unapologeticallydispassionate:

magnus-thegreat-redundancy:

I believe that every american should at least watch this monologue from The Newsroom

This

(via southern-feminism)

bzangy:

Feminist, Marxist, Menshevik, Bolshevik revolutionary ~ ALEXANDRA KOLLONTAI ❤️

From Wikipedia:

Kollontai raised eyebrows with her unflinching advocacy of free love.

However, this does not mean that she advocated casual sexual encounters; indeed, she believed that due to the inequality between men and women that persisted under socialism, such encounters would lead to women being exploited, and being left to raise children alone.

Instead she believed that true socialism could not be achieved without a radical change in attitudes to sexuality, so that it might be freed from the oppressive norms that she saw as a continuation of bourgeois ideas about property.

A common myth quotes her as saying that “…the satisfaction of one’s sexual desires should be as simple as getting a glass of water”; what she actually said, in number 18 of her Theses on Communist Morality in the Sphere of Marital Relations, was that “…sexuality is a human instinct as natural as hunger or thirst.”

Short history of “modern” Spain.

Short history of “modern” Spain.

LONG LIVE THE EQUAL RIGHTS OF WOMEN IN THE USSR! (Poster text)
Before the Soviet revolution:
-9/10 women were illiterate-No women were allowed in schools and universities
“There, although there were ‘hardships and sexual dangers, perhaps pregnancy, for women migrants’ and ‘the market provided only a limited range of poorly-paid and exploitative choices’, a woman could earn an independent wage. Women could become factory workers, domestic servants, physicians, midwives, telegraph workers, and teachers. Some could afford to dress more fashionably, to buy books and attend dance halls, pleasure gardens and theaters and there were few opportunities for education. However, a married woman still owed her husband ‘unlimited obedience’ and required permission before acquiring a job, education or the internal passport needed to reside fifteen miles from her husband’s place of residence. It is clear from Engel’s chapter, and that by Marianna G. Muravyeva, that women resented and fought against these restrictions: 30-40,000 women petitioned the tsar to separate from their husbands. Such petitions could be denied if the women were suspected of ‘immoral behavior’ and the courts were rarely on the side of the women. Violence against women was very common and in cases where a wife was accused of disobeying her husband, the court itself ordered her ten lashes.”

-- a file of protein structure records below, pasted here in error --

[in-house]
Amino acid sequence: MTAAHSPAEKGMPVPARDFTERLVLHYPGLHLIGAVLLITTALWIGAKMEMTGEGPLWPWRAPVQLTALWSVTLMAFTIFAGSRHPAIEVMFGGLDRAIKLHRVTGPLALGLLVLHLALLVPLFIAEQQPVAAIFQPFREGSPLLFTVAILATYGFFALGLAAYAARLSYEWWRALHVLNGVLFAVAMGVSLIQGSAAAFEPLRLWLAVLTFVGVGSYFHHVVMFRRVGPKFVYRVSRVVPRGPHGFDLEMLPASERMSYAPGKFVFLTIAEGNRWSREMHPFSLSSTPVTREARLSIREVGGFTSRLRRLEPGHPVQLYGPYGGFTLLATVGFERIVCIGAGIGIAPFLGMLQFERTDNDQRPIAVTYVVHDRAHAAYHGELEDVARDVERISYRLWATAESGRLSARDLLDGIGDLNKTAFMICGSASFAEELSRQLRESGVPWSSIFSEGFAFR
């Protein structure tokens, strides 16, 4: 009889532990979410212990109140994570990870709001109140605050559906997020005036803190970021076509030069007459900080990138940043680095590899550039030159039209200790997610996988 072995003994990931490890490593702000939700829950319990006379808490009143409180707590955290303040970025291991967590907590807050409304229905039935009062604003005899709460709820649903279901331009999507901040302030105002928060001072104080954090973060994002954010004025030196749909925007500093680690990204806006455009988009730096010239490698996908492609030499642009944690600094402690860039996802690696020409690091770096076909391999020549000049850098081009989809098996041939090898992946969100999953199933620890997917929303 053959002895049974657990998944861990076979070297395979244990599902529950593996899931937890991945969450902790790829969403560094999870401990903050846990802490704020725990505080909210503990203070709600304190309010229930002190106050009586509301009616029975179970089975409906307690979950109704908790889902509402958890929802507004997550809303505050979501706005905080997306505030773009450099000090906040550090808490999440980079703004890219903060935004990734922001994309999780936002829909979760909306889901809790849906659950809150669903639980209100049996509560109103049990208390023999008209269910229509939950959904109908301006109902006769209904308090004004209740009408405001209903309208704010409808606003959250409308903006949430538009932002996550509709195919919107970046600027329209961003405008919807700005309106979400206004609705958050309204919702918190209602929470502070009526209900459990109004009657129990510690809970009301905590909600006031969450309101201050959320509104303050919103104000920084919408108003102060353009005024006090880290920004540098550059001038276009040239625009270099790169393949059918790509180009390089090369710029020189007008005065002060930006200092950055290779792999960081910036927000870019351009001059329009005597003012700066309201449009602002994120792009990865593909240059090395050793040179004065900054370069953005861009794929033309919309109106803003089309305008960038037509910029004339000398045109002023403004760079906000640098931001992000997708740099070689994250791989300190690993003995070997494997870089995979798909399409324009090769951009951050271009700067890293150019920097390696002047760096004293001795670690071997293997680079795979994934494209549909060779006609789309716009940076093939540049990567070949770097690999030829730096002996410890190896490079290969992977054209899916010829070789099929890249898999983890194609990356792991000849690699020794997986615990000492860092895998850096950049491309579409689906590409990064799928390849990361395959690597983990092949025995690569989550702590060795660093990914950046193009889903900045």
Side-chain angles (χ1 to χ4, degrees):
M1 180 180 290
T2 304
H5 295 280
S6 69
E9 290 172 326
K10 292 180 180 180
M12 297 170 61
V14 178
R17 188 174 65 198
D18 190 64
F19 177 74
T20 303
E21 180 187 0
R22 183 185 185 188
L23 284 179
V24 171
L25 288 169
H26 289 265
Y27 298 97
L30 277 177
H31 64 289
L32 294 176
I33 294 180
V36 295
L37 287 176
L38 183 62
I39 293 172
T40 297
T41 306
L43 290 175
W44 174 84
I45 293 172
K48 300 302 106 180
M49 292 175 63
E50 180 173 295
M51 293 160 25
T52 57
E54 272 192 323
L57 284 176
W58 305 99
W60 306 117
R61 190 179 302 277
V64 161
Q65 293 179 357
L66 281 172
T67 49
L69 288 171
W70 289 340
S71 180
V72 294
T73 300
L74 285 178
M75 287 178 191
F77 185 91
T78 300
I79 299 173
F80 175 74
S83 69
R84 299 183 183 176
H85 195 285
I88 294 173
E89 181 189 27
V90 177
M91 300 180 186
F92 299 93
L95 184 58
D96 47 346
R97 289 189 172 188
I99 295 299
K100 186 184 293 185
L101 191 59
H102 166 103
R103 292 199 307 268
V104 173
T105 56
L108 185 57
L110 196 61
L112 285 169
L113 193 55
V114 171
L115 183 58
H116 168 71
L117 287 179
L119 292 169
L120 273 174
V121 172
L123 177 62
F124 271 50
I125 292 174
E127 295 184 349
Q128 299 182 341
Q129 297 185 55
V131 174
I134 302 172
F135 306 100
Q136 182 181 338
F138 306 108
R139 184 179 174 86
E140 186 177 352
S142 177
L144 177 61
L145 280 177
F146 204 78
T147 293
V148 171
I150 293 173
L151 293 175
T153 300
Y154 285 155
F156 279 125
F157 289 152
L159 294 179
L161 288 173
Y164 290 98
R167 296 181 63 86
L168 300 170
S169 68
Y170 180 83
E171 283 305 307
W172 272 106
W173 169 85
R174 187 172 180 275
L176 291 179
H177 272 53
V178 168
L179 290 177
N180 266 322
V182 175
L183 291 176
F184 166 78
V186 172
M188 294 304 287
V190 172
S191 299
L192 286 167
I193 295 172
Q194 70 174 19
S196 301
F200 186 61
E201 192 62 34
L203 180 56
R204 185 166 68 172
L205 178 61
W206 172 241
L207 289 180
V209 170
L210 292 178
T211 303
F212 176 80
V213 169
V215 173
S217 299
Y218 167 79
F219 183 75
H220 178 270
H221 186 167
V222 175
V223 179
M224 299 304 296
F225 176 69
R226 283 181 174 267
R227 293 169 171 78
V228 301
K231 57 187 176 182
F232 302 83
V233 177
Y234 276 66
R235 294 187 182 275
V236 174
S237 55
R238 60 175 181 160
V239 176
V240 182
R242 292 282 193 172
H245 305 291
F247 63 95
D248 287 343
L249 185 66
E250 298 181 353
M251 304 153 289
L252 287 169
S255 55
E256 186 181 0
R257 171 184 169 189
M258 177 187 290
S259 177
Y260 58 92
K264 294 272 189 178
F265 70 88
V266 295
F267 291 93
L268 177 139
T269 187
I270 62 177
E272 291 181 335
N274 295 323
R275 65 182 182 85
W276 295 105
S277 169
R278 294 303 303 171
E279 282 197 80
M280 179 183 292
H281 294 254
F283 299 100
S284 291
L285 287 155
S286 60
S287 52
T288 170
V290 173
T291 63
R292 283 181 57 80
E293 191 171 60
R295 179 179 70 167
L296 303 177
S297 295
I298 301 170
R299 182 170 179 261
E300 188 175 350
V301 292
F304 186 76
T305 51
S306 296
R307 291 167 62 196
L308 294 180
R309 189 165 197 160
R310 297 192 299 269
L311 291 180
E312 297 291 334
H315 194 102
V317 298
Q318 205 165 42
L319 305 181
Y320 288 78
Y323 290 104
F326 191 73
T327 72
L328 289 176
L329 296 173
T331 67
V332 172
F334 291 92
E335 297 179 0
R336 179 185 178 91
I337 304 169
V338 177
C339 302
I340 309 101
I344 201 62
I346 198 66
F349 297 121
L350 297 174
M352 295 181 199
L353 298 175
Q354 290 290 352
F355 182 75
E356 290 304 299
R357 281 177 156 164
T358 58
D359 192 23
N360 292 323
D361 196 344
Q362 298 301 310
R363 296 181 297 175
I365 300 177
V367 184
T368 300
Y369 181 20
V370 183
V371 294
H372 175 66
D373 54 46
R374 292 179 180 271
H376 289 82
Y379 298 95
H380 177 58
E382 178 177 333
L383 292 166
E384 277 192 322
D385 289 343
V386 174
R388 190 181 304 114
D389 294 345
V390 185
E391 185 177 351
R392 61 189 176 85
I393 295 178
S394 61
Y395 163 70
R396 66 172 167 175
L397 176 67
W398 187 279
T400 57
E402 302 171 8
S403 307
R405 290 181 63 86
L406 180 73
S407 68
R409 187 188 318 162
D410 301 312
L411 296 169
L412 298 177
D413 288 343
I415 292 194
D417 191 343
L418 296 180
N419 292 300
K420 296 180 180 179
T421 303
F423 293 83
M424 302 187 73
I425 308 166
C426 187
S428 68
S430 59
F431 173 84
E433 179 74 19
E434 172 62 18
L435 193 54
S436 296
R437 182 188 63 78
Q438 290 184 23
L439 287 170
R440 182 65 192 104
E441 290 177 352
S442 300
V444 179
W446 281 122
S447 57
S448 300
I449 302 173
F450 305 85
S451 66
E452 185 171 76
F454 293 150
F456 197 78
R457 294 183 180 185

After the Revolution:
-Equal Pay Act-0% illiteracy-Paid maternity and divorce laws-First abortion right law in the world.
The integration of women into the workplace occurred in all sectors. 68% of the medical staff or 72% of teachers were female. At the educational level, being female was no longer an obstacle. Of 10 higher education students, 6 were women.
At the political level, women accounted for 50% of local soviets, 40% in the Soviet Republics and 32% in the Supreme Soviet of the USSR. 37% of the popular judges elected were women, while in the people’s courts represented a 55%.
In the 70s, there were a greater number of women in the productive economy than men. 70% of women worked in the industrial sector, performing skilled functions, which demonstrates a breakthrough in the fight to end sexual division of labor.
While they could have achieved better results in effective gender equality, we must not forget that the USSR was an important example and a mirror to look for progress in other countries. It was always a priority for the Soviet state to end discrimination of women.

LONG LIVE THE EQUAL RIGHTS OF WOMEN IN THE USSR! (Poster text)

Before the Soviet revolution:

-9/10 women were illiterate
-No women were allowed in schools and universities